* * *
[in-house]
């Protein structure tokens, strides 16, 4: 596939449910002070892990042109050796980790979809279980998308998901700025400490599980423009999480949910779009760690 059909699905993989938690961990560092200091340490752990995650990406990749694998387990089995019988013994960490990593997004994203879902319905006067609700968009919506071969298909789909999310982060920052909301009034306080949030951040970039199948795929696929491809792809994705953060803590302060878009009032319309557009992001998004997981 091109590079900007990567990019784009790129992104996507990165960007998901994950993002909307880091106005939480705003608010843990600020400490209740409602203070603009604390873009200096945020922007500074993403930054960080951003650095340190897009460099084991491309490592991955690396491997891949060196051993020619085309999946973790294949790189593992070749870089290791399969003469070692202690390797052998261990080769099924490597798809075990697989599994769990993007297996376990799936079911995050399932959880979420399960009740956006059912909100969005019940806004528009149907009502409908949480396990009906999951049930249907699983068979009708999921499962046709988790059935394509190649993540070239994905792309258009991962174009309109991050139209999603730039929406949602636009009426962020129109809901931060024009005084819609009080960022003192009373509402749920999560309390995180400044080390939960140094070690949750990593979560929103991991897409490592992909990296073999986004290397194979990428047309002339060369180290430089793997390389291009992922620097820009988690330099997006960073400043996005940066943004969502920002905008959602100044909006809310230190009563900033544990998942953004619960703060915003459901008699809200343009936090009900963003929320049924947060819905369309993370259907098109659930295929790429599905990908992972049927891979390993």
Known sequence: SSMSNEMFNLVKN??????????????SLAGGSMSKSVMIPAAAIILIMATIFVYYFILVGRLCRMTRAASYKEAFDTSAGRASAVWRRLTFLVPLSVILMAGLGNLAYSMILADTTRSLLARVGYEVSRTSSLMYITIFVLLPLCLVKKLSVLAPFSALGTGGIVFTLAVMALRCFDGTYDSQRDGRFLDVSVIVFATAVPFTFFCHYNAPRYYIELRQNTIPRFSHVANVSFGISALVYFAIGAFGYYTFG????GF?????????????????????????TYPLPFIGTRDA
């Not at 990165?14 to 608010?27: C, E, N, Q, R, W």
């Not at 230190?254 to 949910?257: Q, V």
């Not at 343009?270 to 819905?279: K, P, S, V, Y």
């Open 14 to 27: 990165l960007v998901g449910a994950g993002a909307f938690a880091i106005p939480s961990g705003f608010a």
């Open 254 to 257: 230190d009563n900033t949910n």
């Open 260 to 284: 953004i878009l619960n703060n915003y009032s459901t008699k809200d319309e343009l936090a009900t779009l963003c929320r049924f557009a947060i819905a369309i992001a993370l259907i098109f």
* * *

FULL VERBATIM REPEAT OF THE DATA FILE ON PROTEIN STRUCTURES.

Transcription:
[in-house]
């Protein structure tokens, strides 16, 4: 596939449910002070892990042109050796980790979809279980998308998901700025400490599980423009999480949910779009760690 059909699905993989938690961990560092200091340490752990995650990406990749694998387990089995019988013994960490990593997004994203879902319905006067609700968009919506071969298909789909999310982060920052909301009034306080949030951040970039199948795929696929491809792809994705953060803590302060878009009032319309557009992001998004997981 091109590079900007990567990019784009790129992104996507990165960007998901994950993002909307880091106005939480705003608010843990600020400490209740409602203070603009604390873009200096945020922007500074993403930054960080951003650095340190897009460099084991491309490592991955690396491997891949060196051993020619085309999946973790294949790189593992070749870089290791399969003469070692202690390797052998261990080769099924490597798809075990697989599994769990993007297996376990799936079911995050399932959880979420399960009740956006059912909100969005019940806004528009149907009502409908949480396990009906999951049930249907699983068979009708999921499962046709988790059935394509190649993540070239994905792309258009991962174009309109991050139209999603730039929406949602636009009426962020129109809901931060024009005084819609009080960022003192009373509402749920999560309390995180400044080390939960140094070690949750990593979560929103991991897409490592992909990296073999986004290397194979990428047309002339060369180290430089793997390389291009992922620097820009988690330099997006960073400043996005940066943004969502920002905008959602100044909006809310230190009563900033544990998942953004619960703060915003459901008699809200343009936090009900963003929320049924947060819905369309993370259907098109659930295929790429599905990908992972049927891979390993």
Known sequence: SSMSNEMFNLVKN??????????????SLAGGSMSKSVMIPAAAIILIMATIFVYYFILVGRLCRMTRAASYKEAFDTSAGRASAVWRRLTFLVPLSVILMAGLGNLAYSMILADTTRSLLARVGYEVSRTSSLMYITIFVLLPLCLVKKLSVLAPFSALGTGGIVFTLAVMALRCFDGTYDSQRDGRFLDVSVIVFATAVPFTFFCHYNAPRYYIELRQNTIPRFSHVANVSFGISALVYFAIGAFGYYTFG????GF?????????????????????????TYPLPFIGTRDA
């Not at 990165?14 to 608010?27: C, E, N, Q, R, W």
């Not at 230190?254 to 949910?257: Q, V």
């Not at 343009?270 to 819905?279: K, P, S, V, Y």
């Open 14 to 27: 990165l960007v998901g449910a994950g993002a909307f938690a880091i106005p939480s961990g705003f608010a």
């Open 254 to 257: 230190d009563n900033t949910n």
């Open 260 to 284: 953004i878009l619960n703060n915003y009032s459901t008699k809200d319309e343009l936090a009900t779009l963003c929320r049924f557009a947060i819905a369309i992001a993370l259907i098109f």